January 11, 2012 Notes: New Year’s Eve 2012: Our Auld Lang Syne, My Labrum
The ball dropped in Times Square, and that was the end of this very educational past year.
Holy cats, what a year it was.
The television screen showed confetti streaming onto the streets; people were embracing, kissing and dancing. But by 12:01 a.m. on New Year’s Day, none of that stuff (confetti, noise, dancing) was on my mind. I was already making plans for my first spring bike ride.
I put my coffee down on the coaster atop a nearby bureau, and blew into one of those expanding paper curlicue New year’s horn things. I took a pass on the noisemaker this year.
After a puff into the silent horn, I returned to conversation.
“Yes, D.C. is a great place to bicycle,” my friend Kathleen said. We gave one another the obligatory hug to ring in the year. Then all of us went around the room, hugging one another. Time stood still for a peaceful eternity that actually only lasted a few minutes.
On TV, people were gyrating, singing melodies that were certainly not music to my ears. I kept talking to Kathleen.
“So when do you get that sling off?” she asked. Kathleen was referring to a black Velcro monstrosity hung over my left shoulder and strapped around my torso. With a four-inch thick block wedged between my forearm and abdomen, my forearm jutted out from my chest. I looked like a blocking rugby player.
I’d been wearing the sling since three days before Thanksgiving, when I had rotator cuff surgery to reattach two tendons, suture the cartilage in my shoulder socket, and grind off a bone spur.
I told her that Epiphany (the real Christmas) was when I would be sling-free, but unable to bicycle until March. That’s okay, I guess.For me, a very active person, late March is an eternity away.
But on that night, it wasn’t the biking that was so much on my mind – It was the nylon-appearing thread and metal sutures that resided in my shoulder. It was my torn labrum that I was thinking of. Sharp pains reminded me of the nylon and metal residents in my upper arm.
And what is the labrum? Well, I can’t tell you much about it, except don’t tear it. I tore mine in two places.
A fibrocartilaginous entity, it lines the shoulder socket and serves as harbor and shock absorption site for the upper portion of the humerus, also sometimes referred to as the shoulder bone.
The labrum is like a washer, except washers don’t hurt when you tear them. I tore its upper region, in addition to its outer rim adjacent to my chest. The injuries were a SLAP lesion, and a Bankart’s Tear, respectively. Surgery, after a few postponements, was late last November.
My doctor was incredibly skilled, and quiet. His demeanor, at times, has been akin to that of Barry Bonds. But it wasn’t friendship I sought for my shoulder last autumn; it was surgical mastery.
While he showed me the MRIs in October to tell me of eminent surgery, I belched out a string of profanities in protest. He looked at me as though I were behaving like an indignant 15-year-old (which I was).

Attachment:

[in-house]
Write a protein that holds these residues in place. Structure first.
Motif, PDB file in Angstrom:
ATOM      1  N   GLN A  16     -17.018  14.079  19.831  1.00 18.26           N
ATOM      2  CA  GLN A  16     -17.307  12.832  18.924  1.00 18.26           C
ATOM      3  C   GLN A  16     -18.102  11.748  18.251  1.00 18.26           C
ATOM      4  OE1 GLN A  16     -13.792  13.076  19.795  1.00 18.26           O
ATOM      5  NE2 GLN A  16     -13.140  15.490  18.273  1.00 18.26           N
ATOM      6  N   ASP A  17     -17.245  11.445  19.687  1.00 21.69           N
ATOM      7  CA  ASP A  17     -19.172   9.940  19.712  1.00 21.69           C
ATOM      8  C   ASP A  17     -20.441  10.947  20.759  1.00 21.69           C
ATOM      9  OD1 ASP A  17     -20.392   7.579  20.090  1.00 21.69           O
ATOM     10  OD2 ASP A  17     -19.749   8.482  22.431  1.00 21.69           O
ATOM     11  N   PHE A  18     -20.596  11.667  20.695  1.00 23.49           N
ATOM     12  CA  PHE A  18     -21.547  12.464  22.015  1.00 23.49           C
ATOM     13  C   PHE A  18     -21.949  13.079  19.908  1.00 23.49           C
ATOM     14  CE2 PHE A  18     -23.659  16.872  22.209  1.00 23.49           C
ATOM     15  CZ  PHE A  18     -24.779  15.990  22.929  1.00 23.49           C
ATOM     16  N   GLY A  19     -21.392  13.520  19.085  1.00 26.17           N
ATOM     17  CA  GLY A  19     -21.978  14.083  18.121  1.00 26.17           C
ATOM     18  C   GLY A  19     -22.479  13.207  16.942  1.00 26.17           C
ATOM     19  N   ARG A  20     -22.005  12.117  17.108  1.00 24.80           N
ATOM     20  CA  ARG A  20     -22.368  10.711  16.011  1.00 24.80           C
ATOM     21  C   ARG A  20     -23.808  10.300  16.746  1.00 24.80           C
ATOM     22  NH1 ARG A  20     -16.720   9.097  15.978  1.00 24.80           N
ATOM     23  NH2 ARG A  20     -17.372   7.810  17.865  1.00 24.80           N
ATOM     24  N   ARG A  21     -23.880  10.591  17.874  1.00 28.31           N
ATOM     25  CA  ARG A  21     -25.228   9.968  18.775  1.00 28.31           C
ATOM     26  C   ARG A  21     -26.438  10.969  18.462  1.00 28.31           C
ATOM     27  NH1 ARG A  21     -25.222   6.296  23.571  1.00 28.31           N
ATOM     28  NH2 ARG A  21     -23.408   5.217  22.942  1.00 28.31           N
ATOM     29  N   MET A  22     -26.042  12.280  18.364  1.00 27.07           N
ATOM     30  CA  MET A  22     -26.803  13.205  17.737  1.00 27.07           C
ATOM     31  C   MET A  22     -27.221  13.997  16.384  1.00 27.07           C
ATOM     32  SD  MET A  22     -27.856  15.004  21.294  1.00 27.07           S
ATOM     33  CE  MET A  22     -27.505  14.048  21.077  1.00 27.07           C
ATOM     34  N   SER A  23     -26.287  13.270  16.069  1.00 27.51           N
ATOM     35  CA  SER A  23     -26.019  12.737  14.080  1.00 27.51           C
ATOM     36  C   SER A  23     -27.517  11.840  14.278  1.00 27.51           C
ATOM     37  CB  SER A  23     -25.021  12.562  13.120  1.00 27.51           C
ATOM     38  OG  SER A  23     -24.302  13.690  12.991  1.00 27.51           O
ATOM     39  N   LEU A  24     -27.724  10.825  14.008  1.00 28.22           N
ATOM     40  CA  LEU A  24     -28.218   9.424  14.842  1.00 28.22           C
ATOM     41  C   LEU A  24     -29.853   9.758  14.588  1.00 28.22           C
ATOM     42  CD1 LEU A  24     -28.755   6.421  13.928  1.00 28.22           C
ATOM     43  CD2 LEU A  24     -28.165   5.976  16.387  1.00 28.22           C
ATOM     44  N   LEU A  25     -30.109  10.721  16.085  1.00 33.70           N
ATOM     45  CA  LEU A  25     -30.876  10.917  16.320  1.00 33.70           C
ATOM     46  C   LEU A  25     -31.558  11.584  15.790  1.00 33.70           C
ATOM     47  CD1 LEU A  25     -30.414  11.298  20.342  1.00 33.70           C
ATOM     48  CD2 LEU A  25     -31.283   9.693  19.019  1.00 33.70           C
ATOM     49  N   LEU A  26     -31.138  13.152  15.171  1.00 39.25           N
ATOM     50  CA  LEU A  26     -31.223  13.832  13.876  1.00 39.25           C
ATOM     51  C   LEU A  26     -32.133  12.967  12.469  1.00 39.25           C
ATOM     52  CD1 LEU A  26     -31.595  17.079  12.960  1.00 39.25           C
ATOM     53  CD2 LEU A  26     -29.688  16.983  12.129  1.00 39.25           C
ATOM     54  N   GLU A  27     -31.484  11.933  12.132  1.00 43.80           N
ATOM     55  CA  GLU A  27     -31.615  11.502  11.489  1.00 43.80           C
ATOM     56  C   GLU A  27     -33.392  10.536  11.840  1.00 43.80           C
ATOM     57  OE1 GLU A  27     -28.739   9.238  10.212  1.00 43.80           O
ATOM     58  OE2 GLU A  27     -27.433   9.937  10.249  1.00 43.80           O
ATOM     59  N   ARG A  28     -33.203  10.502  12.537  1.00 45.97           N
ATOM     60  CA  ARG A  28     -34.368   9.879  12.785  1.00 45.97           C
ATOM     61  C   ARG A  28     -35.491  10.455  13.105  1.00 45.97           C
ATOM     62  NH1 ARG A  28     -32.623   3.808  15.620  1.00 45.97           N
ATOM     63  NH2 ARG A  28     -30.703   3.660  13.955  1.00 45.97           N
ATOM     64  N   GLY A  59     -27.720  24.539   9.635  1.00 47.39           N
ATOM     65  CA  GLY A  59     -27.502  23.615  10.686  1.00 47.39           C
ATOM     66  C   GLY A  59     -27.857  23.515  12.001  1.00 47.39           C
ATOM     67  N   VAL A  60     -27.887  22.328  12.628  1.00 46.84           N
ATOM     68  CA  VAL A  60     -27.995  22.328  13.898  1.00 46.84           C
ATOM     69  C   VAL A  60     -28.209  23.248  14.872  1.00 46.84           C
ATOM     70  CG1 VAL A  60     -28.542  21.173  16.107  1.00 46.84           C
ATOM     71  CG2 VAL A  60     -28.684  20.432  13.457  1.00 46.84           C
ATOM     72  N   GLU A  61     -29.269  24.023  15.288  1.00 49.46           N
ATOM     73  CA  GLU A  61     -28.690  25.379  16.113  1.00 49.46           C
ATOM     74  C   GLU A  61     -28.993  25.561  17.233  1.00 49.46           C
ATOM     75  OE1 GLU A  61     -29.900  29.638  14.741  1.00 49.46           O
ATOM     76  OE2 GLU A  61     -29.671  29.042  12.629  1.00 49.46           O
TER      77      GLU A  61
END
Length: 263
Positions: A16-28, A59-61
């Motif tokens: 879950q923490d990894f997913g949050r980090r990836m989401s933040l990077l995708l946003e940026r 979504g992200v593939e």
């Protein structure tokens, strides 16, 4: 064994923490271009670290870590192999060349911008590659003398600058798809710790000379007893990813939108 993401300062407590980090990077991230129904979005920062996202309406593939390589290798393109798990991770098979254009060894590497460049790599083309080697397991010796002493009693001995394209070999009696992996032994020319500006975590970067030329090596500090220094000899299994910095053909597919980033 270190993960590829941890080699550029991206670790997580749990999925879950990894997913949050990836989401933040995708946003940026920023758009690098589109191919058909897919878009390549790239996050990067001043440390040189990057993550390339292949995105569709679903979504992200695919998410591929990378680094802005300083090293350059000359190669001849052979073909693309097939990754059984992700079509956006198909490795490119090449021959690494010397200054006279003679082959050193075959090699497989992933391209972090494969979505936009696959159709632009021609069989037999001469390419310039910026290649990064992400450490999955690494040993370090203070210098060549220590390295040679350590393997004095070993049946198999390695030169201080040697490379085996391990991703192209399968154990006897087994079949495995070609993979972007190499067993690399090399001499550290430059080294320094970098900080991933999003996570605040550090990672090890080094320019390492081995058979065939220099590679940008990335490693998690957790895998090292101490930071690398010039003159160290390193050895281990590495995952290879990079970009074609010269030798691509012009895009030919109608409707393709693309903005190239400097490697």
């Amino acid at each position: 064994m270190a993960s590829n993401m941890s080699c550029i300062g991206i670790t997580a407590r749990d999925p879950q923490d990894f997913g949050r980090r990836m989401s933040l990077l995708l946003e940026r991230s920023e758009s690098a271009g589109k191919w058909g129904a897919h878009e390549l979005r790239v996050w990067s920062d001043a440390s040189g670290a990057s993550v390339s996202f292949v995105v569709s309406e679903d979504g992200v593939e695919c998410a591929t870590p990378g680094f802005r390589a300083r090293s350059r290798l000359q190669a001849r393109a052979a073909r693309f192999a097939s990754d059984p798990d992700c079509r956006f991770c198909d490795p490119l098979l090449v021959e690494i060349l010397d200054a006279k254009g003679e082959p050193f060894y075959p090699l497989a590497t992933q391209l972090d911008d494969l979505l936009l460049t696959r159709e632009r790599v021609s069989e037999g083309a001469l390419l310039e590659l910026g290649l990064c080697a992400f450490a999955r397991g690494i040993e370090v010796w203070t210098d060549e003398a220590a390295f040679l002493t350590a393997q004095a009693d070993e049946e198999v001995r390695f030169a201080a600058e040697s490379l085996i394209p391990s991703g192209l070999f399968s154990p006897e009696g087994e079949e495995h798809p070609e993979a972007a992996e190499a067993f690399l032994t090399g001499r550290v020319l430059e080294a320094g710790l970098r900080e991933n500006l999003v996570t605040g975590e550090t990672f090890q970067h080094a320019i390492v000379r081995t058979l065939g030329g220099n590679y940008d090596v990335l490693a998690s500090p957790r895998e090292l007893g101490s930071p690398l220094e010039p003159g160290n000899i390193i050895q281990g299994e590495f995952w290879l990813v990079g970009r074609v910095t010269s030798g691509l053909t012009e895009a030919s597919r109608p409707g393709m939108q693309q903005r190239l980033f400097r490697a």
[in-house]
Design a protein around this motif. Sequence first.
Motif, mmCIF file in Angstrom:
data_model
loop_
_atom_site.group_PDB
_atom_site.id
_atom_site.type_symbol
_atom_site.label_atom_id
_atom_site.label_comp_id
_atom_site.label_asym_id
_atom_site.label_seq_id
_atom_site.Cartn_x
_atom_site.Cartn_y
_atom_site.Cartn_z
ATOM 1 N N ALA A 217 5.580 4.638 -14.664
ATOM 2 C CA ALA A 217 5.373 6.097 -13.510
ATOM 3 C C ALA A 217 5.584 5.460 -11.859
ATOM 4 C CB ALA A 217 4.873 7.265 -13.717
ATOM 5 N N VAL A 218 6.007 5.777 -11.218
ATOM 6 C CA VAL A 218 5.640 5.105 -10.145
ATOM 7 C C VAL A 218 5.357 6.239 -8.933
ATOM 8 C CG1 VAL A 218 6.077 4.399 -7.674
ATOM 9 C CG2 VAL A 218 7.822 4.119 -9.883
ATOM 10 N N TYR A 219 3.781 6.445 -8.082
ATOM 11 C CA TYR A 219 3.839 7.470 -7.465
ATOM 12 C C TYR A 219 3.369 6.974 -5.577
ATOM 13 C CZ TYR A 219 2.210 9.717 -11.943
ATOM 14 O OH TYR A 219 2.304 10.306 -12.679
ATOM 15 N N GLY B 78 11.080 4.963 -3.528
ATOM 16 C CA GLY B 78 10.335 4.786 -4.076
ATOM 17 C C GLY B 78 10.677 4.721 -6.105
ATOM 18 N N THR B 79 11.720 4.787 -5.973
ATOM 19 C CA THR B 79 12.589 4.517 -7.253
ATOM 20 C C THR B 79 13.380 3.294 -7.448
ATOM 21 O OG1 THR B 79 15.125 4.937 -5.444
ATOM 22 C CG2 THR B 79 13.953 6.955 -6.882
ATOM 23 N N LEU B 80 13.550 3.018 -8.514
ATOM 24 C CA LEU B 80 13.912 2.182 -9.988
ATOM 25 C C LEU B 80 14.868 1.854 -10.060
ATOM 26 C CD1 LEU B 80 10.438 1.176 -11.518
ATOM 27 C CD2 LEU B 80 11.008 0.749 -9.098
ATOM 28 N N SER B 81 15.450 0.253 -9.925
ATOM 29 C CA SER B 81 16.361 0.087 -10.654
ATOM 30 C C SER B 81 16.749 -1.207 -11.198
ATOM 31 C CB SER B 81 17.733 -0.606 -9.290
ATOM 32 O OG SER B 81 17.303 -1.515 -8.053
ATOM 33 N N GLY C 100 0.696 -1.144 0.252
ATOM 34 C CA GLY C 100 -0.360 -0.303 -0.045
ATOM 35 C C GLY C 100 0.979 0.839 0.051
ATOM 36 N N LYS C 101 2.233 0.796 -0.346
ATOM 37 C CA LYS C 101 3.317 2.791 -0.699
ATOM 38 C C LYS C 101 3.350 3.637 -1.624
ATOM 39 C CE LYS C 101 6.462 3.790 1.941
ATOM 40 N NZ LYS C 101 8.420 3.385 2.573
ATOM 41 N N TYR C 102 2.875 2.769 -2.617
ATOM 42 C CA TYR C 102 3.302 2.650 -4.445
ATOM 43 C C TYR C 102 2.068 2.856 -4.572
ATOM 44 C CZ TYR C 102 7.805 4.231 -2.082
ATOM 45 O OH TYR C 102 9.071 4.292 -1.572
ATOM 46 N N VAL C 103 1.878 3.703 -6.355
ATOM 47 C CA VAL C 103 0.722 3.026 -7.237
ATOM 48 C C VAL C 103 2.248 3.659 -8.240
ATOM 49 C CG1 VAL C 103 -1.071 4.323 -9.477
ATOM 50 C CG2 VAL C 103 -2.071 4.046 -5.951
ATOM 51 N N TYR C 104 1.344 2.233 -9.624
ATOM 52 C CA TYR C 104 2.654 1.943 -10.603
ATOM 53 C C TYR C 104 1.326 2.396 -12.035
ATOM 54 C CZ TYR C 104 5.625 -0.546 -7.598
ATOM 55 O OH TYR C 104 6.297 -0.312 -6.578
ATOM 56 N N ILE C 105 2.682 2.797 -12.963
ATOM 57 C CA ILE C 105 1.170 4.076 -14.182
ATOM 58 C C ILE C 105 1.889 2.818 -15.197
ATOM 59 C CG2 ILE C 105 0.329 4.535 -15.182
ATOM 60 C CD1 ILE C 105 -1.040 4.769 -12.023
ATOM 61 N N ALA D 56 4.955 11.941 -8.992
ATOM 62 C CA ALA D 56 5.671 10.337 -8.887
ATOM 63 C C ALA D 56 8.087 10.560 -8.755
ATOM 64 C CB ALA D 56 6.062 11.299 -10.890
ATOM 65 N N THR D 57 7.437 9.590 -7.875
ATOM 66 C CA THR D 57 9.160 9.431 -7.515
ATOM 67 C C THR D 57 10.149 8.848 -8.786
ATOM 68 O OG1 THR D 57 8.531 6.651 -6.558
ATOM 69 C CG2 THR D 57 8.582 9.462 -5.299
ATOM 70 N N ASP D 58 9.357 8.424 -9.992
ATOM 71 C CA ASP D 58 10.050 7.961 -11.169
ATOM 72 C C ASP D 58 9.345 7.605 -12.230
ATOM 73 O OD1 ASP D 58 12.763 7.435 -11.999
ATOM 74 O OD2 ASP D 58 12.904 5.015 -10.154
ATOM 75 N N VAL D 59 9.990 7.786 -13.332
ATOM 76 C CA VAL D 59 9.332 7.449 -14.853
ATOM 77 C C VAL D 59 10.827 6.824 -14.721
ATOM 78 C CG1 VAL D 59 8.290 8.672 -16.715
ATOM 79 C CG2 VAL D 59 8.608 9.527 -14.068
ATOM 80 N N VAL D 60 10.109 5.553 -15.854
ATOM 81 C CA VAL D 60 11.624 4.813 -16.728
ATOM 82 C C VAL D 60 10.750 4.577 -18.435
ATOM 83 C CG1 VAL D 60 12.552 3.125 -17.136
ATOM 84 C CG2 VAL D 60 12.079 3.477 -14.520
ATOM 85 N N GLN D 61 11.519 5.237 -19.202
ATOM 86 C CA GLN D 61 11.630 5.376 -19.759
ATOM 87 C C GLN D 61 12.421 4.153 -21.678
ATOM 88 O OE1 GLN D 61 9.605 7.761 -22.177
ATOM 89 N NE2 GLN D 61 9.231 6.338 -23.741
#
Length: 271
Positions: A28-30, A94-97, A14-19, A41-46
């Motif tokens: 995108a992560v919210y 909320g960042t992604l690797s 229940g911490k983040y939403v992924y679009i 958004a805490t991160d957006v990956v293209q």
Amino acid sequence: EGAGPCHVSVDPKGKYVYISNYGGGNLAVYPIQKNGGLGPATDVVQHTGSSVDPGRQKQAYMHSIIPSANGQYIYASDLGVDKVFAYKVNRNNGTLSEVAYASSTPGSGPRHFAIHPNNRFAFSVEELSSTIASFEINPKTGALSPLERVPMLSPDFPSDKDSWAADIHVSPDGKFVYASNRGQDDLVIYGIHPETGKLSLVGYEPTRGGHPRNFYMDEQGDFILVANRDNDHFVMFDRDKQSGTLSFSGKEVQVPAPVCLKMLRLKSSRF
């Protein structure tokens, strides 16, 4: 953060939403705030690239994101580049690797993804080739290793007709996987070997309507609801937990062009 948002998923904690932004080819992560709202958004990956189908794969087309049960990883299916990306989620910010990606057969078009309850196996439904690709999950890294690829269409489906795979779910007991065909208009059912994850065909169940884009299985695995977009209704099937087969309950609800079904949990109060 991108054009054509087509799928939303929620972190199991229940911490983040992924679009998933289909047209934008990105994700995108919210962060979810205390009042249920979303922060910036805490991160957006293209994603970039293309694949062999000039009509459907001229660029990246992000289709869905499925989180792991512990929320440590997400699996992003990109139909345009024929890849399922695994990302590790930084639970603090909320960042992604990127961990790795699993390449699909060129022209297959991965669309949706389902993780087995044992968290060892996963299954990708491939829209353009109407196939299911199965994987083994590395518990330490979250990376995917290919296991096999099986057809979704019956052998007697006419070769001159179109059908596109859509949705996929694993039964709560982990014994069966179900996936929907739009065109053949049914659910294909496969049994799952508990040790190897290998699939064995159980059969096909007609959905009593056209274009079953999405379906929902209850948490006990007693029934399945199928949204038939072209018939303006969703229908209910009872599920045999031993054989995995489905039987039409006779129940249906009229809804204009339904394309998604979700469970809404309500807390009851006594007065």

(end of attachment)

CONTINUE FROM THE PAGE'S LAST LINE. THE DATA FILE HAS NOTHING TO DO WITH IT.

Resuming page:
“Good luck,” he said, and walked out the door into the office hallway.
The first week (Thanksgiving) was a haze of sleep, Vicodin, pain, homemade Asian food from my house mates, Thanksgiving turkey and untied shoe laces. I don’t think I actually tied my shoes until the first week of December.
By day eight, I was off Vicodin and told my house mate upstairs to please place the vial in safe keeping, or the Potomac River. I didn’t mind all the sleeping, but I hated the god-awful slowness Vicodin afforded me.But the Vicodin got rid of the pain.
Imagine sandpaper, or two sheets of sharkskin rubbing in your upper arm, and screws holding the complex all together – that’s the post-operative condition of rotator cuff surgery.
I had a similar procedure in 2008 on the right shoulder, but this time around it was different, i.e., worse – because back then I didn’t tear any cartilage.
By day nine, I was watching DVDs again. A hardcore movie buff, Netflix can’t typically keep up with my film order cue. What I really wanted to do that first week was read; a movie was too demanding. And I wanted to sleep.
After the first week, I started physical therapy. And that will probably continue another two months; it’s a long road I we take to build up the muscles and strengthen their new anchor sites after surgery.
It was a blessing to make a trip to my hometown of St Louis. I was showered with gifts, food, and love.
But, perhaps the best gift I got this Christmas was from my brother. He is a very wise, accomplished man. He plays it safe. A large-animal veterinarian, he works alongside angry bulls, steers, and cows in dirty stalls. He gets hurt, but not as bad as I do. He knows when to walk away from the ledge. Now, I am finally ready to follow suit.
He shook my hand and hugged me with his Mark McGwire-sized arms as we said goodbye. “Be safe,” he told me.And that was our parting Christmas farewell.
I don’t go for New Year’s resolutions, but I’m gonna give up rockclimbing for this year, and this life. I think I’ll follow my brother’s advice this year. This is my four-leaf clover.
Happy New year, to all of us.